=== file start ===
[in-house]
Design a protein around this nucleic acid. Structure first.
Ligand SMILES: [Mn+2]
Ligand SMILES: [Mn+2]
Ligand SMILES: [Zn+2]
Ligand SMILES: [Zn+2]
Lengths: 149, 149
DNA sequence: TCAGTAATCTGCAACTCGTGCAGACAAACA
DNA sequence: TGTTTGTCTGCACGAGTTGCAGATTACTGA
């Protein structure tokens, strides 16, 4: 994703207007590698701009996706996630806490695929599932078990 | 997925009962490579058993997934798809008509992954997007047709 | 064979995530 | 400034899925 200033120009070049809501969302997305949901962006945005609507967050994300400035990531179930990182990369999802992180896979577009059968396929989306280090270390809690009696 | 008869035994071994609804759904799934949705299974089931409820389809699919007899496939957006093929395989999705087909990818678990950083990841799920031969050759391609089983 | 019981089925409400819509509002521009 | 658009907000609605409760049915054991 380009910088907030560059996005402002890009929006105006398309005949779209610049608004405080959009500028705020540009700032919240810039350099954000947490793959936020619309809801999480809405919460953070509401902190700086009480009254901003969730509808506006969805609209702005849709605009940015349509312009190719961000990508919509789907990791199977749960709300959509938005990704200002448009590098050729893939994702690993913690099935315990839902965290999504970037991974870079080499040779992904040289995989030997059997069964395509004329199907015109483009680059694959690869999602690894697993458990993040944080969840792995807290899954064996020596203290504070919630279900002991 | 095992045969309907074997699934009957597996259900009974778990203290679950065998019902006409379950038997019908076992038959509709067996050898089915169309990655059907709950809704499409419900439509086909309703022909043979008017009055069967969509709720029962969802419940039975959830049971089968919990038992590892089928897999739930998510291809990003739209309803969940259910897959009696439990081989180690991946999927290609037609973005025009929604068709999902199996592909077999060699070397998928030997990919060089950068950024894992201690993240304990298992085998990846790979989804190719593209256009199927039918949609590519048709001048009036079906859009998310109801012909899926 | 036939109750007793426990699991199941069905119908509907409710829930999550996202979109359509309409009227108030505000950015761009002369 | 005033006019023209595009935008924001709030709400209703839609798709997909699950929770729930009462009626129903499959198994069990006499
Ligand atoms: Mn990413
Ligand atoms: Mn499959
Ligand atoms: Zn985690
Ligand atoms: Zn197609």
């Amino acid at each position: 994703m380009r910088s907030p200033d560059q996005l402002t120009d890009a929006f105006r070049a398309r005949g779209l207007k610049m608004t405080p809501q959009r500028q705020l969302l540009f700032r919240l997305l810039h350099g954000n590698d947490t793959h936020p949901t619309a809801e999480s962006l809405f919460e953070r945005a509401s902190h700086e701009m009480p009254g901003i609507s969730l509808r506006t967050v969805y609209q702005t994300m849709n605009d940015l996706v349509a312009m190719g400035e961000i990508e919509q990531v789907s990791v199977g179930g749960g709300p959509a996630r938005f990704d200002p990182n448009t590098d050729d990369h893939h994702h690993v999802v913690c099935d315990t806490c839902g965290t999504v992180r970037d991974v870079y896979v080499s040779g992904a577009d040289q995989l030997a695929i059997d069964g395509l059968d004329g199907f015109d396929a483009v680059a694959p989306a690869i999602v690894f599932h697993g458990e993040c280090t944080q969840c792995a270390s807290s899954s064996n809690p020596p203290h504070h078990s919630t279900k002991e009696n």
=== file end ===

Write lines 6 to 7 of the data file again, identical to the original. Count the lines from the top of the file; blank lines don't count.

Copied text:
Ligand SMILES: [Zn+2]
Lengths: 149, 149